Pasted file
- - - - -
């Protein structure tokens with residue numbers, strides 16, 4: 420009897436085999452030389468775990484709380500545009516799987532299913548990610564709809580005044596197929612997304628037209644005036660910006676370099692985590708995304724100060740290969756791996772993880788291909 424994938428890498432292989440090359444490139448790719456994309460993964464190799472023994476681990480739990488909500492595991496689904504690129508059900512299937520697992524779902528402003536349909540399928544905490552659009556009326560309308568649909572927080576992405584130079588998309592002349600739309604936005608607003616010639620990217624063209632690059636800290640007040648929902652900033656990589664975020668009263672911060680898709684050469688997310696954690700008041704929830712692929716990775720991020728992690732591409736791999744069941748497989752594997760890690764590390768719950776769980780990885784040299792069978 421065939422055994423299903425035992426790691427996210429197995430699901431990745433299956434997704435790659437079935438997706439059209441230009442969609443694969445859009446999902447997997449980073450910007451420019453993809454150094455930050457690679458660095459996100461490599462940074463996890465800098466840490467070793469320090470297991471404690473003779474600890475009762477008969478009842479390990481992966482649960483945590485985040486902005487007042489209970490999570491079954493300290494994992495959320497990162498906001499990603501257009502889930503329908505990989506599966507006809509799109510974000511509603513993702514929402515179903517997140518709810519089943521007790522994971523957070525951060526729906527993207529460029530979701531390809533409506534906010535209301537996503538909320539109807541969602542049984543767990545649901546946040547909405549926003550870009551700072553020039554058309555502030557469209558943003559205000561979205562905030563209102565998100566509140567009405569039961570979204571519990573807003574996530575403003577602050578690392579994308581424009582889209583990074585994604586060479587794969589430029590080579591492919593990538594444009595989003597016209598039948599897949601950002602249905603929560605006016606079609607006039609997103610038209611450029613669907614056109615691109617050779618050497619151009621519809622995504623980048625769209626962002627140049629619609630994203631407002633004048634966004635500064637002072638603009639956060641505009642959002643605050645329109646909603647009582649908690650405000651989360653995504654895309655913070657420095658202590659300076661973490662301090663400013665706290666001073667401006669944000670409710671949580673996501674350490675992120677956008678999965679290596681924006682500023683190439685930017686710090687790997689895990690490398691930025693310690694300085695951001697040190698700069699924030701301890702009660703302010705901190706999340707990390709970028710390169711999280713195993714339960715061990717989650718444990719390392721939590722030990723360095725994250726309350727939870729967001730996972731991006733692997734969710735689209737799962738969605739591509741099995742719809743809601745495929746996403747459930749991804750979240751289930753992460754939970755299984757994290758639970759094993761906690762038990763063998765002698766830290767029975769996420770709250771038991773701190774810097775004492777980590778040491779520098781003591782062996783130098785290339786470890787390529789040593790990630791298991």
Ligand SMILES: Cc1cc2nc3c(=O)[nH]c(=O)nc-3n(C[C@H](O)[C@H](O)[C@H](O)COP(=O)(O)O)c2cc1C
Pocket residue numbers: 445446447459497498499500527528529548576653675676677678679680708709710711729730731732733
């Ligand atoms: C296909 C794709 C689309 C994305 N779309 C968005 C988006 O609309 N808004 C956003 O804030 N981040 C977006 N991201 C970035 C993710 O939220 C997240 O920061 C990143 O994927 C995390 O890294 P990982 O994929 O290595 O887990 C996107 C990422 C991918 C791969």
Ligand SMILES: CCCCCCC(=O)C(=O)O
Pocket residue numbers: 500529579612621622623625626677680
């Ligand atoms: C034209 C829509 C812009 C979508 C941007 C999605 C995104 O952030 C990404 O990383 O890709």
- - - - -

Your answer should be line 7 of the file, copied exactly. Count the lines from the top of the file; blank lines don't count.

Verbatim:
């Ligand atoms: C034209 C829509 C812009 C979508 C941007 C999605 C995104 O952030 C990404 O990383 O890709």